Sunday, November 21, 2021

Review: Where Snow Angels Go by Maggie O'Farrell

 Today's review is the perfect way to slide into the up-coming, winter season and works great for the holidays, too (although it isn't a holiday read, necessarily). I loved the cover and knew I had to introduce everyone to this read.

The length and age bracket make it a perfect read for the longer, cooler days and nights as this one is a modern day fairy tale...and timeless, too. The story is well laid for a read-aloud and works even as a bedtime story over a night or two. The illustrations are so full of love and heart, and that for even this slightly older age-group.

So, grab that cozy sweater and let's take a look!

by Mattie O'Farrell
Illustrated  by Daniela Jaglenka Terrazzini
Walker Books Ltd
Children's Picture Books
72 pages
ages 7 to 10

Have you ever woken up suddenly, in the middle of the night, without knowing why? Best-selling and award-winning master storyteller Maggie O'Farrell weaves an extraordinary and compelling modern fairy tale about the bravery of a little girl and the miracle of a snowy day.

Sylvie wakes one night, suddenly, without knowing why. Then she sees the most spectacular sight – a pair of wings, enormous in size, made of the softest snow-white feathers imaginable. An angel in her bedroom … a SNOW angel! He tells her that he is here to look after her, for Sylvie is not as well as she seems... Many months later, as Sylvie recovers from her illness, she longs to see her snow angel again. He saved her life! There is so much she wants to tell him, so much she wants to know! Will he ever come back to her? And how can Sylvie make sure that everyone she loves has their own snow angel, to keep them safe, too?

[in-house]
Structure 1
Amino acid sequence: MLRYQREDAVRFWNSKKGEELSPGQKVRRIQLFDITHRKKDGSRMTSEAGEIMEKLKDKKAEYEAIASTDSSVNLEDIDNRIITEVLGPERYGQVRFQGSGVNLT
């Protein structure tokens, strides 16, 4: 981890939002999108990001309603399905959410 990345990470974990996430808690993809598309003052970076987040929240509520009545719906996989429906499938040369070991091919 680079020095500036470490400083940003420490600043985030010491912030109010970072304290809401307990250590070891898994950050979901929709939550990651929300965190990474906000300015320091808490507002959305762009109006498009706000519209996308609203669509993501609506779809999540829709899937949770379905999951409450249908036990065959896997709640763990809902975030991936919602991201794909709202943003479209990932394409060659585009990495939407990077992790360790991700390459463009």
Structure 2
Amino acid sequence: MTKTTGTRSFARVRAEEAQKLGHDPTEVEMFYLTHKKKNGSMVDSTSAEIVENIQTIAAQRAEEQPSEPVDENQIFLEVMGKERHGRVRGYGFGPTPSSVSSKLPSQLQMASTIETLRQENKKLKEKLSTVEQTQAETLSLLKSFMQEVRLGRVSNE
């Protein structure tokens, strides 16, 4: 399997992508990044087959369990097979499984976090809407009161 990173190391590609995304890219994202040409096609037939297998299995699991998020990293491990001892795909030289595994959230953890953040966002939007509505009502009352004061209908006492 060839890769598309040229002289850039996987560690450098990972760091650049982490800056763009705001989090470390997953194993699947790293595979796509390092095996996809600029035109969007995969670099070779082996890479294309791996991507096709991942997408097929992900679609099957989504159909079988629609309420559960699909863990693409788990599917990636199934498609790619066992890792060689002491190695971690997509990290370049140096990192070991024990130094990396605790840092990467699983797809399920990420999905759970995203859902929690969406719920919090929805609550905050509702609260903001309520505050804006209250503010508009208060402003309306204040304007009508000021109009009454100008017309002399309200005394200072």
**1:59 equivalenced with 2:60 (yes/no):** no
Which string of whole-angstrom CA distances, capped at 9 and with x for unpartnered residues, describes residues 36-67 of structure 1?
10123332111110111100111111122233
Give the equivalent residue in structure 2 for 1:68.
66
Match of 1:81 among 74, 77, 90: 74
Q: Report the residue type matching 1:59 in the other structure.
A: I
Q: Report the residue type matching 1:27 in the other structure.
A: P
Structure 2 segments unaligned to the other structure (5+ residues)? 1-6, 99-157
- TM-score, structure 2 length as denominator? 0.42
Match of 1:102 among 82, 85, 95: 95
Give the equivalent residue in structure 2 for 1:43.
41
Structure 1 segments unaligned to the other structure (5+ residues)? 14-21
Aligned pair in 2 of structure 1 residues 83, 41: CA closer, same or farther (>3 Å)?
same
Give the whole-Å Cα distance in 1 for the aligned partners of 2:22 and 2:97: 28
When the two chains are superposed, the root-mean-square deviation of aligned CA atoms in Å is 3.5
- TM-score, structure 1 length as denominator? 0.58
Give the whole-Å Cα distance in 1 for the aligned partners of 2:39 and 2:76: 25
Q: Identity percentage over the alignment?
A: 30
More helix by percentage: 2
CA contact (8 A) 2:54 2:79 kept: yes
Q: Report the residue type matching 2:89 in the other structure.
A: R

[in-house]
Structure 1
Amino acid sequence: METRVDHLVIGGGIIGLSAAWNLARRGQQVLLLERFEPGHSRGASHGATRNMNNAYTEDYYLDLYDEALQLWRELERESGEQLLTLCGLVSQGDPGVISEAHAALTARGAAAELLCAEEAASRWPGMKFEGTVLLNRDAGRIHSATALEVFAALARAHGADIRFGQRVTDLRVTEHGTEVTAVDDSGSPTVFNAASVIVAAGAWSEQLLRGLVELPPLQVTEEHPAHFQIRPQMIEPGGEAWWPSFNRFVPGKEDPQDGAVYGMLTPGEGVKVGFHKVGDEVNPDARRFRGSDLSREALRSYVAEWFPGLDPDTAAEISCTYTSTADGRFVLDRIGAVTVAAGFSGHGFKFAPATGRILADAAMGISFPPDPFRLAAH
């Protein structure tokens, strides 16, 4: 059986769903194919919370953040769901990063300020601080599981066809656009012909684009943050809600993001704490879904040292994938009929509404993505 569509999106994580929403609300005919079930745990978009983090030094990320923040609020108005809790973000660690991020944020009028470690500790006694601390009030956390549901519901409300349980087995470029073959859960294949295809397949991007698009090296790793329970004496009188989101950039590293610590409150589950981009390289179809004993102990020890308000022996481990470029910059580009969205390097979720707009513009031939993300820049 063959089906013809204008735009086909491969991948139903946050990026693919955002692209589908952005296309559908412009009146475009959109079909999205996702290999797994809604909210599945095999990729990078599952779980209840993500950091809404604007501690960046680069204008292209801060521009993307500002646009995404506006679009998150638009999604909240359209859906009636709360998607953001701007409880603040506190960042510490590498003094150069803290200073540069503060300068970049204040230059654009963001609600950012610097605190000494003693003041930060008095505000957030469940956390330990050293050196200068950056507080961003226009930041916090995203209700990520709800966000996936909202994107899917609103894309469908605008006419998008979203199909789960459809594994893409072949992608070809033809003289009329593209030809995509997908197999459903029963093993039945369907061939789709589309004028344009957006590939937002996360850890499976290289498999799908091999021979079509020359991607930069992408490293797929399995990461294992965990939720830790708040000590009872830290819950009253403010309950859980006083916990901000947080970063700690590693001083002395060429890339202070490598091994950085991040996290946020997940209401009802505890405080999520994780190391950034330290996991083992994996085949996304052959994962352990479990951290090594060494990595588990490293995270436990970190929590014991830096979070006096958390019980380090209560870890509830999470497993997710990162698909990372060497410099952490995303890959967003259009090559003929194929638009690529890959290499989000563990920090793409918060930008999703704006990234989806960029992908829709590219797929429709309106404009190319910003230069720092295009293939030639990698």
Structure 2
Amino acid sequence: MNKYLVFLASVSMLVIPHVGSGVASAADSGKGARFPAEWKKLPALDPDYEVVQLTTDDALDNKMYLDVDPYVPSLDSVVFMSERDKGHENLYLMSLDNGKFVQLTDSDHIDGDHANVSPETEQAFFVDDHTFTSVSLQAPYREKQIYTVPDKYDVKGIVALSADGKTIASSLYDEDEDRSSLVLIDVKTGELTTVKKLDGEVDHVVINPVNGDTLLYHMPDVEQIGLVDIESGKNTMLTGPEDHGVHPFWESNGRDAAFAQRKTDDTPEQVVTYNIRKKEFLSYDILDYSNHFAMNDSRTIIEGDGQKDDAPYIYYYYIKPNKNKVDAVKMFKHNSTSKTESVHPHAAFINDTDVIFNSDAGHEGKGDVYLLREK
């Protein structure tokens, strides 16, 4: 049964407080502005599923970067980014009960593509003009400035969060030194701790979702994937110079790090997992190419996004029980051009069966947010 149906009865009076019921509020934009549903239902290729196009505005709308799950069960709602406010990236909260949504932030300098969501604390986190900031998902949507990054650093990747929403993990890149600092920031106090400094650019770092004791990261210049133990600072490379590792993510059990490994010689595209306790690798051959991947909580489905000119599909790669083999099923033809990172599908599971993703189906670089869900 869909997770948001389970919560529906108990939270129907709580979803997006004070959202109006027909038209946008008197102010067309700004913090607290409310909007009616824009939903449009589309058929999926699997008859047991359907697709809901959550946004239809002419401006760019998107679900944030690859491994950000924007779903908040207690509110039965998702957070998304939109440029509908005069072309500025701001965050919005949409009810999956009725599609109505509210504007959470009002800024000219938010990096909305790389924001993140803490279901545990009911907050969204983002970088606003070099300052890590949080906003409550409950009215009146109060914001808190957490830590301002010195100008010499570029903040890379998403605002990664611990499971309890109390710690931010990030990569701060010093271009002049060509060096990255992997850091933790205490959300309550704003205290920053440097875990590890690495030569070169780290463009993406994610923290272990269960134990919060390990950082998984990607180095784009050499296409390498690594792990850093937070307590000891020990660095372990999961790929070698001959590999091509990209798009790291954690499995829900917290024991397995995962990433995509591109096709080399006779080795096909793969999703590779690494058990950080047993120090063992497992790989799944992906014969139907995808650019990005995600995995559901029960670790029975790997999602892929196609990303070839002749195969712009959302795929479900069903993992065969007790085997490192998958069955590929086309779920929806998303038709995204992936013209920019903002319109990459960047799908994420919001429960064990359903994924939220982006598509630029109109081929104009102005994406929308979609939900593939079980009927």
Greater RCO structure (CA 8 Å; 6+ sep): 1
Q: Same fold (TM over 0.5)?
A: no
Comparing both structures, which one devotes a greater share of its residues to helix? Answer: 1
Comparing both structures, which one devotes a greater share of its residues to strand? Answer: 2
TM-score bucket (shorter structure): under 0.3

Winter dreams swirl with warmth in this beautiful tale, which will have readers curling up under a blanket of fairy tale goodness.

Sylvie can't believe her eyes when a white figure enters her bedroom in the middle of the night, whispering to itself as if confused. When she speaks to it, the wonder increases...on both sides. After all, humans shouldn't be able to speak to their snow angels and, definitely, not see them. After the angel explains its origins and it's important duty to protect her, it informs her that she's sick. When her fever is discovered, it leaves with the reassurance that she won't remember it the next day. But the angel is wrong; she does remember.

I already was drawn by the cover on this one, and it's only a taste of the lovely illustrations inside. The magic (or as the angel claims, science) of each scene comes across with the right atmosphere and allows the reader to sink into Sylvie's world. 

The text makes this a great read-aloud. While those readers, who are more sure of their words, can also dive into this one, it's perfect for a holiday or bedtime read, too. The text is longer and holds a more traditional, fairy tale atmosphere. The writing style also fits this least, during the narration and description sections. The dialogue, however, has a more modern flair, which hit me a little odd, at first, especially with the snow angel. Yet, it made the angel that much more realistic and sympathetic. I can imagine that the audio book version of this one is especially a treat. The dialogue does add a bit of humor and really lets the characters' beam from the pages.

The tale itself has everything a good story should have. While I was afraid this one might concentrate on Syliva's illness, that's only the very beginning of her adventure with the Snow Angel, and is by no means the main thrust of the book as it only hits a couple of the pages. Let's just say her snow angel has his work cut out for him.

There is the wonderment of the impossible, a bit of sadness, hope, a tiny bit of tension, and the question of what will happen at the end mixed with a vivid sense of longing. It leaves with a sense of mystery, and yet, rounds things up enough not to feel incomplete...and all of that with a sense of happiness and hope. In other words, it's a very lovely story and not just for the holiday season. 

And here they are...

Maggie O'Farrell is an award-winning Irish-British author whose books for adults have received international acclaim, including Hamnet, which won the Fiction Prize at the 2020 National Book Critics Circle Awards. Where Snow Angels Go is her first book for children. She lives in Edinburgh.

Daniela Jaglenka Terrazzini studied fine art in Milan and moved to London to study photography. She is the illustrator of The Night I Met Father Christmas by Ben Miller and The Seeing Stick by Jane Yolen, among other picture books. She lives in London.

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